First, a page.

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These ten breeds, like many other dogs, definitely enjoy feeding time. Keep an eye on what they’re eating so that they stay in good shape!



The Beagle uses its nose to track its quarry, and today, as a pet, the smell of food! Beagles are happy-go-lucky and friendly, but may try to raid your garbage can if it’s not secured. Beagles should get regular exercise on leash or in a fenced yard.


Bull Terrier

Playful and clownish, the Bull Terrier is best described as a three year-old child in a dog suit. The breed should have a muscular build, so it’s important for owners to make sure their dog is eating an appropriate amount. Bull Terriers are exceedingly friendly dogs, with a sweet and fun-loving dispositions so gird yourself against any begging!



Dachshunds are lovable, playful companions, and an ideal pet for many homes. Just because the breed is small doesn’t mean it doesn’t need exercise – these dogs require moderate exercise daily.  To keep their long and low bodies slim, owners can take regular walks, play in the yard or get them involved in an activity like earthdog.


Golden Retriever

The willingness to work that the Golden Retriever possesses has made him a useful hunting companion, guide dog, assistance dog and search and rescue dog. The breed will do anything for treats, so owners should take care that they are not overfeeding their dogs during training sessions. Feeding times and living spaces must be monitored as Goldens will also eat many things that aren’t food if left to their own devices.


Great Pyrenees

It is thought that the Great Pyrenees got his name from the mountain range in southwestern Europe where they guarded flocks on the steep slopes for many years. The Great Pyrenees enjoys working, faithfully guarding his flocks no matter the weather or terrain. Without a job to do or some exercise to replace its guarding, the Great Pyrenees can become overweight. The breed should be exercised daily on leash or in a fenced area.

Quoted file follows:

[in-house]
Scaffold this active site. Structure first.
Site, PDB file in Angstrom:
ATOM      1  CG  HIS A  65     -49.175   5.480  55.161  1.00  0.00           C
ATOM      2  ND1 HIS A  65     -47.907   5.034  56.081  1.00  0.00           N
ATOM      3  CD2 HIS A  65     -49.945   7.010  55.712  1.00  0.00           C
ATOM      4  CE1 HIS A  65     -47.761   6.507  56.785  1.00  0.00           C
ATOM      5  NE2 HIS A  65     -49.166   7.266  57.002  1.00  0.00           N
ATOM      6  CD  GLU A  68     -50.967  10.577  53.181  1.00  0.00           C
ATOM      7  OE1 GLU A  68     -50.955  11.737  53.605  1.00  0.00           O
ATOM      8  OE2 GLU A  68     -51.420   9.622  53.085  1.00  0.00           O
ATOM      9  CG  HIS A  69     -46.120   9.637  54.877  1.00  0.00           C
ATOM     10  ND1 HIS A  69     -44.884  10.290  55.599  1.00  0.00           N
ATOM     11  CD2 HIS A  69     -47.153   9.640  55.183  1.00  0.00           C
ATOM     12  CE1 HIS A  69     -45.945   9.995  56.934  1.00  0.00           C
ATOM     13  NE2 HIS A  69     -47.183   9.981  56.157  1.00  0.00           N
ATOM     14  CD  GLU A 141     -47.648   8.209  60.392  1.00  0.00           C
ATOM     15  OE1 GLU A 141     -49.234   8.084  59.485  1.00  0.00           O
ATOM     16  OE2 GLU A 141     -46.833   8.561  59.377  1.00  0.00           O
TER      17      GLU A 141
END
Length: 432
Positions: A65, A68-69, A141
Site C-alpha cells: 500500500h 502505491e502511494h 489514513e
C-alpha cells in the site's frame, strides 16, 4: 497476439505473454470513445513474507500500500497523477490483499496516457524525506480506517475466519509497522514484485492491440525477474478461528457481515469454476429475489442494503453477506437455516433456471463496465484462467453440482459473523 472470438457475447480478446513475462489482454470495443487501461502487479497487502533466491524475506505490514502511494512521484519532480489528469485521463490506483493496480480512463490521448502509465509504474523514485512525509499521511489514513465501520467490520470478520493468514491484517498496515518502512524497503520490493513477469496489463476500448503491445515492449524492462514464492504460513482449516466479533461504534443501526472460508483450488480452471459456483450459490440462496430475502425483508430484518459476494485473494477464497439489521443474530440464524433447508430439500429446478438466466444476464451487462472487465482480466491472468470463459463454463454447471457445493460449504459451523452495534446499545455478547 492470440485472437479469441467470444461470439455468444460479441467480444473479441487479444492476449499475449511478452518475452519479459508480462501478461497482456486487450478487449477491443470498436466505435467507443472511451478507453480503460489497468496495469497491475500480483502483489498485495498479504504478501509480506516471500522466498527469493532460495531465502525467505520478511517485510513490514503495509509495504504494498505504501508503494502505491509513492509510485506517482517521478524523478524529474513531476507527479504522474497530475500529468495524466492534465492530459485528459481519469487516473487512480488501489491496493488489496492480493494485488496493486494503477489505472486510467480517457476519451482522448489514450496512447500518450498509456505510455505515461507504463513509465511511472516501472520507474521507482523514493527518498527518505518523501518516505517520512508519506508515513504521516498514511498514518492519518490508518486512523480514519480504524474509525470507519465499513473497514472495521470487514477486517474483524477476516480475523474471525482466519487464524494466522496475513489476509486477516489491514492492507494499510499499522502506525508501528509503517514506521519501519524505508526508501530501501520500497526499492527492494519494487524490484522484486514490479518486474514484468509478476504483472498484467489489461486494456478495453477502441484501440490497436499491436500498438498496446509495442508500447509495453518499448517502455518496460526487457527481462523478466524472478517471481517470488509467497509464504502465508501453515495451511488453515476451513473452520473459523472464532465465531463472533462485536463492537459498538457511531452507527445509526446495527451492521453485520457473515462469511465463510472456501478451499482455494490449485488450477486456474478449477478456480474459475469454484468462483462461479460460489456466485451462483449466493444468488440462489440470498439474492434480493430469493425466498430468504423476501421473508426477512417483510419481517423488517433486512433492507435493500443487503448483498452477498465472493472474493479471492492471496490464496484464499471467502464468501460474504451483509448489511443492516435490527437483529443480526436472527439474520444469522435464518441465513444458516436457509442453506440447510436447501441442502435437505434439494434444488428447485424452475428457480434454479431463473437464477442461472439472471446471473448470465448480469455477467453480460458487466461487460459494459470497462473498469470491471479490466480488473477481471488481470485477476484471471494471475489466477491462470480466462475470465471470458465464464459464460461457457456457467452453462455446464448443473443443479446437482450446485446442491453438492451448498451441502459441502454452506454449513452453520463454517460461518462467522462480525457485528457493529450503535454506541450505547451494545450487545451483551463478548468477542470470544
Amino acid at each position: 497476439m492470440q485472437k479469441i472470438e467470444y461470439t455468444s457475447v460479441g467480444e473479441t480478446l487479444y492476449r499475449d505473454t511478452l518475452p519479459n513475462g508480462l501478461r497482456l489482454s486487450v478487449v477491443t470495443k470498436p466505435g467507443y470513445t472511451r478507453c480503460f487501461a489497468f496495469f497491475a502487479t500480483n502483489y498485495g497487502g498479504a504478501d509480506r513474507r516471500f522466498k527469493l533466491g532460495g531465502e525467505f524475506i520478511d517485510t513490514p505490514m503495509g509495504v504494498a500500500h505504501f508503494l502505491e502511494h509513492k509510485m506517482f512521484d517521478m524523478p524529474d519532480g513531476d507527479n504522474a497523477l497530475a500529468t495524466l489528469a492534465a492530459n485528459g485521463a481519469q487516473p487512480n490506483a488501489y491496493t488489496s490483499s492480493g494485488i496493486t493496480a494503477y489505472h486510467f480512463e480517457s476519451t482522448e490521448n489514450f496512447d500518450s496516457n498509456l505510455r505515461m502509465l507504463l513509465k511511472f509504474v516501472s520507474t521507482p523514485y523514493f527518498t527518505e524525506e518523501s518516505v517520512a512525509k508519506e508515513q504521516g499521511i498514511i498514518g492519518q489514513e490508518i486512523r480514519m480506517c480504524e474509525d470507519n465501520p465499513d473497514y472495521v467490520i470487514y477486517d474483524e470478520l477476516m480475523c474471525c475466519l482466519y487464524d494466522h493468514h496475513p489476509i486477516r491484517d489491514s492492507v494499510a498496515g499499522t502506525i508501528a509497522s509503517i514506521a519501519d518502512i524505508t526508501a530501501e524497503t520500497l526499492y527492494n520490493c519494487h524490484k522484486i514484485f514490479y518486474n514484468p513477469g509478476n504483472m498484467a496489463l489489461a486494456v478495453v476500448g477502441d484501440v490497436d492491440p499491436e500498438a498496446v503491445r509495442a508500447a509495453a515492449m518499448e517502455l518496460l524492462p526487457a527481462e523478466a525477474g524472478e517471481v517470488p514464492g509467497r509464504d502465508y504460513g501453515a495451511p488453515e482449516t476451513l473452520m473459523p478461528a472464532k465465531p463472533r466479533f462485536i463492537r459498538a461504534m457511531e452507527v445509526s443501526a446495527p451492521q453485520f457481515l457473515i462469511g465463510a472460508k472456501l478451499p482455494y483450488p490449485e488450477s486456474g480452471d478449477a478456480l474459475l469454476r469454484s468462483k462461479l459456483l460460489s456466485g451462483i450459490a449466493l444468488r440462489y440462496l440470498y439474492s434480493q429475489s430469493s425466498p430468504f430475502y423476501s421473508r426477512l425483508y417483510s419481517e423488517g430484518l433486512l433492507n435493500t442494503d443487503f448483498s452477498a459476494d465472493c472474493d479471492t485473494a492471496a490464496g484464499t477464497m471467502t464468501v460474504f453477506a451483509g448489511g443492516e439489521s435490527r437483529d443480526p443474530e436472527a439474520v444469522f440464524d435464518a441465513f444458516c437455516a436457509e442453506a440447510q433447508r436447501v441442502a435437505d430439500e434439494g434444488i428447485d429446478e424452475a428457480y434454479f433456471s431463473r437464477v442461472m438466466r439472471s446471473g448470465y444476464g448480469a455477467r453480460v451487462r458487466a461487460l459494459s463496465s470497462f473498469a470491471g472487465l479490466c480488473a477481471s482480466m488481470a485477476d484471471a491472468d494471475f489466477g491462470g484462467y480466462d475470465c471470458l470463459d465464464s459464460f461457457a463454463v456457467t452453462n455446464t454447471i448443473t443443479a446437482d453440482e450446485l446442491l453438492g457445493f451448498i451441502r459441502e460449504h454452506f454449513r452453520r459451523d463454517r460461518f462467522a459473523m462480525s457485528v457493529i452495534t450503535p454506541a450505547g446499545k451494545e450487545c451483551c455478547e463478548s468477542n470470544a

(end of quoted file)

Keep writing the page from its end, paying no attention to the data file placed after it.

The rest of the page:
Labrador Retriever

Historically, Labrador Retrievers worked alongside fisherman, helping to pull in nets and catch fish that escaped from fishing lines. They later worked as hunters for their families. Labs can be taught a variety of behaviors using treats and love to eat!


Norwegian Elkhound

An ancient breed from Scandinavia, the Elkhound worked as a hunting and guard dog for the Vikings. The dogs tracked and held game such as bear and moose for the hunter. Although they may not perform those exact duties in the US, the Norwegian Elkhound is a hardy silver-grey dog that possesses the stamina to run or hunt over rugged terrain. Food portions should be carefully monitored based on the amount of exercise the Elkhound is actually getting – most owners are probably walking these days instead of hunting moose.


Pembroke Welsh Corgi

The PWC is one of the most agreeable small house dogs, as well as an avid competitor in many dog sports. Bold and friendly, the Pembroke responds well to training and loves his family. He loves being rewarded for his hard work with treats, but be careful — even a few extra pounds can make this short-legged dog seem overweight.



The Pug is commonly described as “a lot of dog in a small space” and the breed’s sturdy body can be affected by just a few pounds. Just because the Pug is small doesn’t mean it doesn’t require exercise! The playful, affectionate Pug loves to have fun outside or spend time walking with its family.



The Rottweiler’s ancestors were the drover’s dogs accompanying the herds the Romans brought with them when invading Europe. The dogs were selectively bred in Germany for hundreds of years for their herding and guarding instincts. As such, if Rottweilers laze around the house without anything to do, they can become overweight. The breed is happiest when given a job to perform and lots of exercise.


What other breeds should be added to this “chowhound” list? Let us know at